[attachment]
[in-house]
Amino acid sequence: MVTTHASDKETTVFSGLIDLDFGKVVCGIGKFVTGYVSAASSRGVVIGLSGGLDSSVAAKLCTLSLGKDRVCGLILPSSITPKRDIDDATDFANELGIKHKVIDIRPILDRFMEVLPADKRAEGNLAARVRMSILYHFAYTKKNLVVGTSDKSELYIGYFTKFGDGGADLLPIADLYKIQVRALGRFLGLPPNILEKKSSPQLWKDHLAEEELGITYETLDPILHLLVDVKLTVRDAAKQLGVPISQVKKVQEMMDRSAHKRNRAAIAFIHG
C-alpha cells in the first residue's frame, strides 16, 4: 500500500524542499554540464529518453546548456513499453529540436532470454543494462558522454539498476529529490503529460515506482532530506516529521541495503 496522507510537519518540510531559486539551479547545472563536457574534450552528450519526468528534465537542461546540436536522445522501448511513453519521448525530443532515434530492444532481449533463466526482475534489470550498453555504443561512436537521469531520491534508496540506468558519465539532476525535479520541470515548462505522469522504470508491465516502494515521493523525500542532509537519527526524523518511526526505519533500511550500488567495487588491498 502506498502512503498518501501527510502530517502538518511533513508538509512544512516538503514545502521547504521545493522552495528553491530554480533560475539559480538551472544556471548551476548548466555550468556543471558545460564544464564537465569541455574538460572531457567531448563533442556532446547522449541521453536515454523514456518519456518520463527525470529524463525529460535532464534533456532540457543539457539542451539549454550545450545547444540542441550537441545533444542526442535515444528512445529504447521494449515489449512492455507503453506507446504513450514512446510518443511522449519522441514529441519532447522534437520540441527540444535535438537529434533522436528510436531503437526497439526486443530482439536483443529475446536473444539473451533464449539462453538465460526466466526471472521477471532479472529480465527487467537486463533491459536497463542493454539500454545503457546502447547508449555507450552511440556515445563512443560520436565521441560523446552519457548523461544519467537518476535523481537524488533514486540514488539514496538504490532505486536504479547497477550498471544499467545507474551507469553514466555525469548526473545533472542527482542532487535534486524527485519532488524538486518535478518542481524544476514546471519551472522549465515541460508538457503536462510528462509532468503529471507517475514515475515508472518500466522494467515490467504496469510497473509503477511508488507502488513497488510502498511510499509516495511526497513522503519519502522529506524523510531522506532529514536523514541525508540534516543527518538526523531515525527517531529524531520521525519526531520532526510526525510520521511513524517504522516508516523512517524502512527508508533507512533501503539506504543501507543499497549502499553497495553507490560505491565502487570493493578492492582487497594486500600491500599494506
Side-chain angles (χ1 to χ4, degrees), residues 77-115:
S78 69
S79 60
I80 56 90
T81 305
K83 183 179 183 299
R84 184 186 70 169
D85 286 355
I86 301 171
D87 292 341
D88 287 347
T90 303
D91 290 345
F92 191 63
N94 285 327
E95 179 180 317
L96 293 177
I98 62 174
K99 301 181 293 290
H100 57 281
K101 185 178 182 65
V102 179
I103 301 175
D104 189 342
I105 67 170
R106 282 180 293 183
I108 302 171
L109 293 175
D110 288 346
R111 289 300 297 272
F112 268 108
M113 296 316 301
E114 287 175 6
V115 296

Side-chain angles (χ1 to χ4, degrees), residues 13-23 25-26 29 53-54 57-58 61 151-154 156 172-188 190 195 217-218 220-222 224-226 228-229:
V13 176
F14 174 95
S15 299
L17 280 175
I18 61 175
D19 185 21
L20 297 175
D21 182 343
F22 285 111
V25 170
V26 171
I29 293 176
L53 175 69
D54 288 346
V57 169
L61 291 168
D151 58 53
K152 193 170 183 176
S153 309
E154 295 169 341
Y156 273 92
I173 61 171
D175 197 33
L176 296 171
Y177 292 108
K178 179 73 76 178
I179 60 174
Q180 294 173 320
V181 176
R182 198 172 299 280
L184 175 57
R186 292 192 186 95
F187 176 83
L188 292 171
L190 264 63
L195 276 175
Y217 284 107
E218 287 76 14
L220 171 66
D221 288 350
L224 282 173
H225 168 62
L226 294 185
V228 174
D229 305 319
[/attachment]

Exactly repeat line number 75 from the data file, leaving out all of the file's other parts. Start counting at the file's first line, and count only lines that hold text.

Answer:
Y217 284 107